Easter Day Year B — 4 April 2021
The Reverend Canon Professor Scott Cowdell, Hon. Associate Priest
Isaiah 25: 6-9; Hymn to the Risen Christ; Acts 10: 34-43; Mark 16: 1-8
+In the Name of the Father & of the Son & of the Holy Spirit. AMEN.
There’s a tradition that sermons on Easter Day should begin with a joke, because the resurrection invites us to laugh in the face of so many fears that people take way too seriously, not least the fear of death. So here goes. In Woody Allen’s film Annie Hall, we’re told about a man who asked a psychiatrist about his brother, who thought he was a chicken. The psychiatrist said to bring the brother along so he could be cured. The man replied, “but we need the eggs.”
Friends, the resurrection of Jesus Christ reminds me of this joke—that something so unlikely might actually be the case, if we look at the bigger picture.
So, let’s do that, starting with the earliest and least elaborate of the resurrection stories in all our four gospels, the one from Mark, which we heard this morning.
It’s a story of confusion, encounter, promise, then more confusion. There’s no appearance from Jesus, only an empty tomb and that inconclusive meeting with a witness, whoever that might be. The promise is that if Jesus’ disciples and Peter their leader go to Galilee, if they go out to the wider world, then the risen Jesus will reveal himself among them, just as he’d told them. In other words, the proof of the resurrection pudding will be in the missional eating. Going out in Jesus’ name will turn out to involve encounters with Jesus. This resurrection story is so minimal that a second ending was added to Mark’s Gospel subsequently, to beef the story up a bit. Maybe this earlier ending wasn’t thought to be definite enough, and perhaps even a bit embarrassing.
But for today’s world that typically struggles with religious truth claims, the idea that resurrection isn’t meant to be obvious or in your face and can only commend itself through the life of faith might gain some fresh traction. Scientifically-minded people resist the idea that anything can intrude on the closed world of empirical evidence and rational necessity. Humanities-minded people affirm a world of different stories and perspectives without expecting any of them to represent absolute truth—as Don Cupitt once said, every timeless truth is a period piece. But the claim that Jesus is alive from God and that Christians come to know him in the life of faith is truth of a different order, neither purely subjective or relative on the one hand, or else provable by observation or rational necessity on the other hand.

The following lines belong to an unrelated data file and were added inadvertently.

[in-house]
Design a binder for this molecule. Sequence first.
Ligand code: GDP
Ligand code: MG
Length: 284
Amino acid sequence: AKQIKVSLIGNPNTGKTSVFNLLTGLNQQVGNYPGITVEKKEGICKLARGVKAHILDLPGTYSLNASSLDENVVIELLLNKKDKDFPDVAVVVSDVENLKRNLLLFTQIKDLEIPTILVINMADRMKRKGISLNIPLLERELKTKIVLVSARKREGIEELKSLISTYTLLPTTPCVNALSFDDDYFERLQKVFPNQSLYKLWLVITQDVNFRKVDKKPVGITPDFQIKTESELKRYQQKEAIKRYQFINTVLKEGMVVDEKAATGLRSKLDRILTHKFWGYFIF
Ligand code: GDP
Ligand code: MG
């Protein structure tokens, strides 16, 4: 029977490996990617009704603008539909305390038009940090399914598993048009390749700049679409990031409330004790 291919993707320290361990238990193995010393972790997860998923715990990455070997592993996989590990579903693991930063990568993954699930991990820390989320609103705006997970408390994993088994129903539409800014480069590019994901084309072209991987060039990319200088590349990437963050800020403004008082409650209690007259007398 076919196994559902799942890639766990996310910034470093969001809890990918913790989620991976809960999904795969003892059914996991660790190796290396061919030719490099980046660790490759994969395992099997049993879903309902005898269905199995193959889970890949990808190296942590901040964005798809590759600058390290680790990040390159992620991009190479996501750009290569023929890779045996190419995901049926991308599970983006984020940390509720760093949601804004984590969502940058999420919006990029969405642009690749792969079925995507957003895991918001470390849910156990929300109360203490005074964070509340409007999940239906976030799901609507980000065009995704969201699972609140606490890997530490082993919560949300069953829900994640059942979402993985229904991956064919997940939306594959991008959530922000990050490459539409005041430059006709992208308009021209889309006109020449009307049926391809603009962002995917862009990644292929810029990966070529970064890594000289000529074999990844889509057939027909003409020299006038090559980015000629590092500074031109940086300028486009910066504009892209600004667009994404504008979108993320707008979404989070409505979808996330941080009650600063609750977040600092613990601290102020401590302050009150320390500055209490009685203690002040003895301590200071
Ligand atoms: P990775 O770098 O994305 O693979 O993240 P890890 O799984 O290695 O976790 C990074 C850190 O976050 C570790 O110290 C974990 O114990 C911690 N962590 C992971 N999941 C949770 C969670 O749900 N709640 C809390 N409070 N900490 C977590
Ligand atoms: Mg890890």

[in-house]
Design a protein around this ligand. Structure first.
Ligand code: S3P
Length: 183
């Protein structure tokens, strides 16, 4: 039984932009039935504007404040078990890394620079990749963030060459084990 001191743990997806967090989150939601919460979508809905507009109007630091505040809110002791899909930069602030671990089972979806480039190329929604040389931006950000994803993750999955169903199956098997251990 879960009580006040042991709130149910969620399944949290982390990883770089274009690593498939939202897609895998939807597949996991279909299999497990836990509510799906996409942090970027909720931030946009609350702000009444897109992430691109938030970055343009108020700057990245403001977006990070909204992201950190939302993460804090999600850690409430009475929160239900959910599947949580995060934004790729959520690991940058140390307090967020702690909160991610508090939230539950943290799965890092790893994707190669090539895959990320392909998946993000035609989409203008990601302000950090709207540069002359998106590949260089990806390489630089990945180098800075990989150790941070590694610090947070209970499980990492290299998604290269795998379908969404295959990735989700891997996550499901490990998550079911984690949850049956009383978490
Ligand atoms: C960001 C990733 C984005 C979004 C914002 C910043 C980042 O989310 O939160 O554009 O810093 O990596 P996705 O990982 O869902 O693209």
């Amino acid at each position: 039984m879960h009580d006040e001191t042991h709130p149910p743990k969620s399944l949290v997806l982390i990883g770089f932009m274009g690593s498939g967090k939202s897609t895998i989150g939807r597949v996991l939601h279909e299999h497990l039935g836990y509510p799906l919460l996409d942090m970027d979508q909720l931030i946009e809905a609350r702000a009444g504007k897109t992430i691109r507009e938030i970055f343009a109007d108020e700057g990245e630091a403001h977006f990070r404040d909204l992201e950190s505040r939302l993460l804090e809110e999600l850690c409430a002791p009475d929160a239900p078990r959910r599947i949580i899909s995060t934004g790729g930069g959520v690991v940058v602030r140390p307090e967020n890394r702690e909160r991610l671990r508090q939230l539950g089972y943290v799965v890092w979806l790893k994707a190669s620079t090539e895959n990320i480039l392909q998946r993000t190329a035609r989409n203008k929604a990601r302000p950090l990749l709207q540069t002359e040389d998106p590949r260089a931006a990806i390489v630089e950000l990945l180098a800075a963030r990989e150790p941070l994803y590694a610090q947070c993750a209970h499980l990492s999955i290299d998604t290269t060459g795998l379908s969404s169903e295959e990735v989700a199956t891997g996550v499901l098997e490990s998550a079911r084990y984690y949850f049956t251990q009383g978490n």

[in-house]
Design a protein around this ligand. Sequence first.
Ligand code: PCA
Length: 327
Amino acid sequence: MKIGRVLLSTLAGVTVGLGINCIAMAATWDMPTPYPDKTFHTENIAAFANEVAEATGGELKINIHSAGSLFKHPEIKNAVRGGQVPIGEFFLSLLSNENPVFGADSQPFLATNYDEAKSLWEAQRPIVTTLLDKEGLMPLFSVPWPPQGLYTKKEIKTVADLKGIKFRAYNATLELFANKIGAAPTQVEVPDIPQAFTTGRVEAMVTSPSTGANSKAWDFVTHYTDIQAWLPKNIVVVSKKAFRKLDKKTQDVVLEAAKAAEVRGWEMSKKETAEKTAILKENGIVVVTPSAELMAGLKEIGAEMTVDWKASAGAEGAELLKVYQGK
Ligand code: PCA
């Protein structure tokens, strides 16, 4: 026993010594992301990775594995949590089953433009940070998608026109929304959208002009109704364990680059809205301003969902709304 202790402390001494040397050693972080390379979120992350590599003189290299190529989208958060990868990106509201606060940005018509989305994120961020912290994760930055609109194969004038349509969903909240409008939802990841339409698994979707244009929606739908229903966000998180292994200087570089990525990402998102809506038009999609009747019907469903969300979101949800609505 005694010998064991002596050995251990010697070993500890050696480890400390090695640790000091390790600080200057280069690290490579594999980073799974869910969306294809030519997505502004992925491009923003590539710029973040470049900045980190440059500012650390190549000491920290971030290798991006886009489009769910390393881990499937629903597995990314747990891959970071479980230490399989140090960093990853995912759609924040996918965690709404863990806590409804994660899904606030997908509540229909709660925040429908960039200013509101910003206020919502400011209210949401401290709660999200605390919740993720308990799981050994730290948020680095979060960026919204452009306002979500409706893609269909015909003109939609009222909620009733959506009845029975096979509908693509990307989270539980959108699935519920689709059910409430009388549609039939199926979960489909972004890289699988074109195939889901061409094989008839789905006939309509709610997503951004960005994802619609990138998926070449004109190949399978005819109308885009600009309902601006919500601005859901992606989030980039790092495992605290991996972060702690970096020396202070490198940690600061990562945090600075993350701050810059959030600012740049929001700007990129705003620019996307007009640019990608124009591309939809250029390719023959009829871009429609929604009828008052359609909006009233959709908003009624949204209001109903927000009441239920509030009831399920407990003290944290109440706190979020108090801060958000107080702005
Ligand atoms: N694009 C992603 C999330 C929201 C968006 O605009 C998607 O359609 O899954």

Let me briefly mention two other points from our readings today. Our Hymn to the Risen Christ is about the meaning of Jesus’ resurrection and not primarily its naked facticity. Jesus’ resurrection is the cause of celebration, feasting, joy, and a new imperative to live beyond the power of sin—to experience a new aliveness that still holds up against today’s widespread alternatives, where shame and trauma and crises of identity rob so many of peace and even of sanity. Finding a new lease of life is at the heart of what resurrection belief means for Christians, and without one we can’t typically make sense of the other. Resurrection believing and finding a Resurrection spring in your step are two sides of the one coin. The joy of today’s Isaiah passage, from the Old Testament, reveals a hopeful religious imagination on the lookout for such new beginnings. Christians found this new beginning in the Church’s shared experience, with a sense that Jesus was alive from God in the Eucharist they celebrated and the lives they lived as a faith community.
This is what we see in our Acts reading today, with Peter’s sermon giving us a window into what the earliest Christian preaching entailed. The witnesses to Jesus’ ministry and his death on the cross also testified in various ways to their sense that he was alive with them, some very explicitly. But Peter chiefly testifies to new breakthrough insights that were galvanizing the earliest Churches—in this case, to the new influx of non-Jewish people were pressing their claim on the Church, which Peter sees as a new world-transforming reality revealing itself.
And it’s worth noting here that this isn’t how resurrections present themselves elsewhere in world mythology. Resurrections in mythology often involve a persecuted figure back from the dead to re-knit a persecuted group, confirming the group’s partiality over against a hostile environment. But not this resurrection. Peter declares that God shows no partiality—no partiality—as the Church’s boundaries are opened wide to the other, not drawn tight against them.
Friends, in all these ways the resurrection of Jesus Christ presents itself as a new, subtle, inclusive energy in the lives of Christians that’s linked to Jesus’ presence and that of his body, though in a variety of ways. Peter in Acts declares that many had testified to meeting the risen Jesus, but then don’t forget Mark’s rather different early account. There we find an empty tomb and a sense that something remarkable is afoot though there’s no objective meeting with the risen Jesus, but only the promise that he’d meet his followers on the road.
So, back to my Woody Allen story. While it’s odd that someone might think they’re a chicken, the eggs do demand an explanation. Likewise with the resurrection, which from the start was a way of interpreting Jesus’ ongoing impact, and the Church’s sense of his ongoing presence—that for Christians, Jesus is a living Lord rather than a dead founder. This isn’t meant to be nailed down cognitively or to compete with what today’s sciences and humanities can teach us. Instead it involves a more integral, a more allusive, a more participatory sort of knowing. Yes, it’s weird, but then what about the eggs?
The Lord be with you …